In a major development, Pakistan National Assembly has passed a Bill titled the International Court of Justice (Review and Re-consideration) Act to allow former Indian navy officer and death row prisoner Kulbhushan Jadhav.
The Bill has been passed to allow alleged Indian spy Kulbhushan Jadhav to have consular access in line with the International Court of Justice (ICJ) verdict (2019).
51-year-old retired Indian Navy Officer, Kulbhusan Jadhav was sentenced to death by a Pakistani military court, Field General Court Martial (FGCM) on charges of espionage, sabotage, and terrorism in April 2017.
Pakistan even released two videos of Jadhav’s confession where he alleged to have said that the Indian intelligence agency RAW was involved in destabilizing Pakistan. However, the Indian government had rejected the video confession and said that he had retired prematurely.
What is espionage?
The practice of spying or of using spies, typically by governments to obtain political and military information.
What is Sabotage?
A deliberate action aimed at weakening a polity, effort, or organization through subversion, obstruction, disruption, or destruction especially for political or military advantage
India moved the International Court of Justice against Pakistan for continuously denying consular access to Kulbhushan Jadhav and challenged his death sentence.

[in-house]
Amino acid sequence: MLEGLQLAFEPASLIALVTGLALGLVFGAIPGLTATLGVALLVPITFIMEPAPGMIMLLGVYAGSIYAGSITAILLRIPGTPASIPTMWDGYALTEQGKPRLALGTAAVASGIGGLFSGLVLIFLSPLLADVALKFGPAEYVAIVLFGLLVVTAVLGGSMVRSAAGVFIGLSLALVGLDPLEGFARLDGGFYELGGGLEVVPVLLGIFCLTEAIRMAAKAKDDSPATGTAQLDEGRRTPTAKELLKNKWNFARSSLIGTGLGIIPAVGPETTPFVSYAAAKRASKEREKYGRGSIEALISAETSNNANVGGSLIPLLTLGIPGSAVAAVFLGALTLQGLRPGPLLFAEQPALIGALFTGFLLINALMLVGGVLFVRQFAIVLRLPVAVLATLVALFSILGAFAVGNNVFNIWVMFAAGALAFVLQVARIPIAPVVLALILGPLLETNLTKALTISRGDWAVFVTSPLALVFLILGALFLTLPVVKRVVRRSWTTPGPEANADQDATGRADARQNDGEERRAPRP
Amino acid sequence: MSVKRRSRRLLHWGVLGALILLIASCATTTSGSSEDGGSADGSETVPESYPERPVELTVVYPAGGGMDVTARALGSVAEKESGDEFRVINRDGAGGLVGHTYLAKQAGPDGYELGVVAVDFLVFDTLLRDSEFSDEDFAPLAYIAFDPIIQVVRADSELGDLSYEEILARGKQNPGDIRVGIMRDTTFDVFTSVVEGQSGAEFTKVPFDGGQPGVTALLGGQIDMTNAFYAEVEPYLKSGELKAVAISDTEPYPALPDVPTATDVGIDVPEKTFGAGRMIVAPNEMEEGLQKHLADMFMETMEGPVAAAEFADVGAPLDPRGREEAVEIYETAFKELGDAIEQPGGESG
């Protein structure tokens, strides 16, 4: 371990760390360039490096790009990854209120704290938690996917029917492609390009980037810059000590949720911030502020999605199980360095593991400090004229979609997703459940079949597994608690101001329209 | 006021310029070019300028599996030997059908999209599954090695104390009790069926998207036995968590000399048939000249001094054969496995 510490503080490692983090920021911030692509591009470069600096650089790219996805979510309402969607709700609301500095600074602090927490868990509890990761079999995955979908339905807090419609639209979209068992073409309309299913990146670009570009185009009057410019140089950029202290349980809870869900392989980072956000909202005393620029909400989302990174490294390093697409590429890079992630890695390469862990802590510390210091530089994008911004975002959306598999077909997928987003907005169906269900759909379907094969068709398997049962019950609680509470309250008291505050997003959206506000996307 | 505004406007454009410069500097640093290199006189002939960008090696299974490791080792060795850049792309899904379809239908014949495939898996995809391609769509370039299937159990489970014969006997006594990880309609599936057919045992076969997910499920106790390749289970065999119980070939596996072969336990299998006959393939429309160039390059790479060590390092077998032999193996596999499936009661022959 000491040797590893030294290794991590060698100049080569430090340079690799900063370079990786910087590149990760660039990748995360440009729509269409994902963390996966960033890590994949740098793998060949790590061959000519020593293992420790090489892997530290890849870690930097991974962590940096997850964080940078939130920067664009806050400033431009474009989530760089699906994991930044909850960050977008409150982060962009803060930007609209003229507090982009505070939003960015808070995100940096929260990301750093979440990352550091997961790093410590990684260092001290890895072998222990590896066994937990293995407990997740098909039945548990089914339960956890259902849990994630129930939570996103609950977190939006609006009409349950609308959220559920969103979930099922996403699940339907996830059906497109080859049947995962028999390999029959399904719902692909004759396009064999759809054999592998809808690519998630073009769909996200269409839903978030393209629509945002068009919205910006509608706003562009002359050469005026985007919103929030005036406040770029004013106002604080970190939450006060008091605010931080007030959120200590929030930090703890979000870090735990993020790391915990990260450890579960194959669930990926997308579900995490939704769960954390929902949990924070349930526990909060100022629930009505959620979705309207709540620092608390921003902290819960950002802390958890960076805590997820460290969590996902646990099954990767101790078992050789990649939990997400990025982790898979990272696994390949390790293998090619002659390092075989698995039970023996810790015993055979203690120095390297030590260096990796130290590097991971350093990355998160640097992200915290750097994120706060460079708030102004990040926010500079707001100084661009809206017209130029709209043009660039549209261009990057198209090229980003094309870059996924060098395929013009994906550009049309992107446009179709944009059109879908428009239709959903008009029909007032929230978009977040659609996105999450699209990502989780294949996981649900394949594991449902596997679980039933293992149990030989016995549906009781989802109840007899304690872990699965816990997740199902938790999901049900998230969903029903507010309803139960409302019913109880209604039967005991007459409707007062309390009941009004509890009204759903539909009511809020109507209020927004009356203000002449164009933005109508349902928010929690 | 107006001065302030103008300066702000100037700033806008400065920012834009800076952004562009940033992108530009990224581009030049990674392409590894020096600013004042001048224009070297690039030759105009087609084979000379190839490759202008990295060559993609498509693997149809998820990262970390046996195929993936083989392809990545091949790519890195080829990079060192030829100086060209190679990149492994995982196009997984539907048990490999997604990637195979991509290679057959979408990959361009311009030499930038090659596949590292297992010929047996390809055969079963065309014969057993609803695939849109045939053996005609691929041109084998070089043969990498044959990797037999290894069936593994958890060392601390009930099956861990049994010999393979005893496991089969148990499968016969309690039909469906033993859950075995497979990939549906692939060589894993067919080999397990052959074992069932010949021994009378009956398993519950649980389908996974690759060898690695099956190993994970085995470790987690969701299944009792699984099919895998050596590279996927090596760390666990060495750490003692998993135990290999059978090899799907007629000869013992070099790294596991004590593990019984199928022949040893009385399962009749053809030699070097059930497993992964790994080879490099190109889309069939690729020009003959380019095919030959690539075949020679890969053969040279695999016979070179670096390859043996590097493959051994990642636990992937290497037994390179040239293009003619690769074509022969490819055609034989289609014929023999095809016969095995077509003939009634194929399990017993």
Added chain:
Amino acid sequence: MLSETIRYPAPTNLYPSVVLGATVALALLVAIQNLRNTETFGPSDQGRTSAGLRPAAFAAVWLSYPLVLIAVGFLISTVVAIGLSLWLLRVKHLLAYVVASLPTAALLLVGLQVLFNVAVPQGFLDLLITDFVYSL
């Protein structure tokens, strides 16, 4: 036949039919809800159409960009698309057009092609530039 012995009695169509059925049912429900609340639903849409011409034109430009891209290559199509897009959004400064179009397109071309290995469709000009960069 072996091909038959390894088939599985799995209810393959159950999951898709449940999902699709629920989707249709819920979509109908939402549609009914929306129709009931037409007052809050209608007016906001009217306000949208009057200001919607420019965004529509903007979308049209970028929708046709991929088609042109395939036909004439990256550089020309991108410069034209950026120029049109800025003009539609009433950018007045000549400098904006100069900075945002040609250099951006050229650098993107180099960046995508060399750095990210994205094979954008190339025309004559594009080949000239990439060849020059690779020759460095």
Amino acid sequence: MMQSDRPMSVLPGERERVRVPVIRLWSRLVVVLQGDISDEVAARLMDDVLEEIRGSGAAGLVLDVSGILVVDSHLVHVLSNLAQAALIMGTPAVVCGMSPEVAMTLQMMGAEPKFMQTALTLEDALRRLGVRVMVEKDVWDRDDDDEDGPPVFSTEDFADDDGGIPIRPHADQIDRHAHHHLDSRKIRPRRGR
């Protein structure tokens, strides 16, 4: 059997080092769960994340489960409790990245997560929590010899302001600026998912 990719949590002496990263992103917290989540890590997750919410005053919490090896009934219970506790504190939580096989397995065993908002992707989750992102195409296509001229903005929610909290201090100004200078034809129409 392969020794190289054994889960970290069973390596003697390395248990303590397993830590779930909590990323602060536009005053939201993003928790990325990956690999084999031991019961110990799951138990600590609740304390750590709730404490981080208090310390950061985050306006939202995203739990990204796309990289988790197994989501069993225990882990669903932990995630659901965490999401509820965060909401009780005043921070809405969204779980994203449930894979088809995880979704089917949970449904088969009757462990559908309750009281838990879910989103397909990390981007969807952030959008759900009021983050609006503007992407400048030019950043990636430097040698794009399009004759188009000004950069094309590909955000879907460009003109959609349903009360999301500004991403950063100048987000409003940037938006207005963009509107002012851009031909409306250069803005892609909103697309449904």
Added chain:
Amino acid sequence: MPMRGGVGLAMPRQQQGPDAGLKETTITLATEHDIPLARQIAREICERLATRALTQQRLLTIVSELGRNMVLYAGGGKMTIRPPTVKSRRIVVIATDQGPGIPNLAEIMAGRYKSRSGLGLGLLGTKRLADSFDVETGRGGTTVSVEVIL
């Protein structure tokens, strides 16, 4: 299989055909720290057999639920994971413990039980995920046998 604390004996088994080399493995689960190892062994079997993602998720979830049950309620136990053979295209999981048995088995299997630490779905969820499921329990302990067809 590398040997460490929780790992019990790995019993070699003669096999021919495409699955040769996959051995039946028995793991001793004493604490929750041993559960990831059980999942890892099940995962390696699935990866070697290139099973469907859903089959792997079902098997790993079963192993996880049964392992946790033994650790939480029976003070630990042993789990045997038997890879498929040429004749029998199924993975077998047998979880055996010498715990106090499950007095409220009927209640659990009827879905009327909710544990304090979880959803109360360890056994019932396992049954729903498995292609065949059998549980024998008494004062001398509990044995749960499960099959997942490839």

On 18 May 2017, ICJ stayed Jadhav’s hanging.
On 17 July 2019, ICJ rejected India’s appeal to release Jadhav. The court also directed Pakistan to review his death sentence and allow him consular access.
What is Consular Access?
India has repeatedly sought Jadhav’s consular access under Article 36 of the Vienna Convention on Consular Relations of 1963 which states that “foreign nationals who are arrested or detained be given notice without delay of their right to have their embassy or consulate notified of that arrest. If the detained foreign national so requests, the police must fax that notice to the embassy or consulate, which can then check up on the person. The notice to the consulate can be as simple as a fax, giving the person’s name, the place of arrest, and, if possible, something about the reason for the arrest or detention”.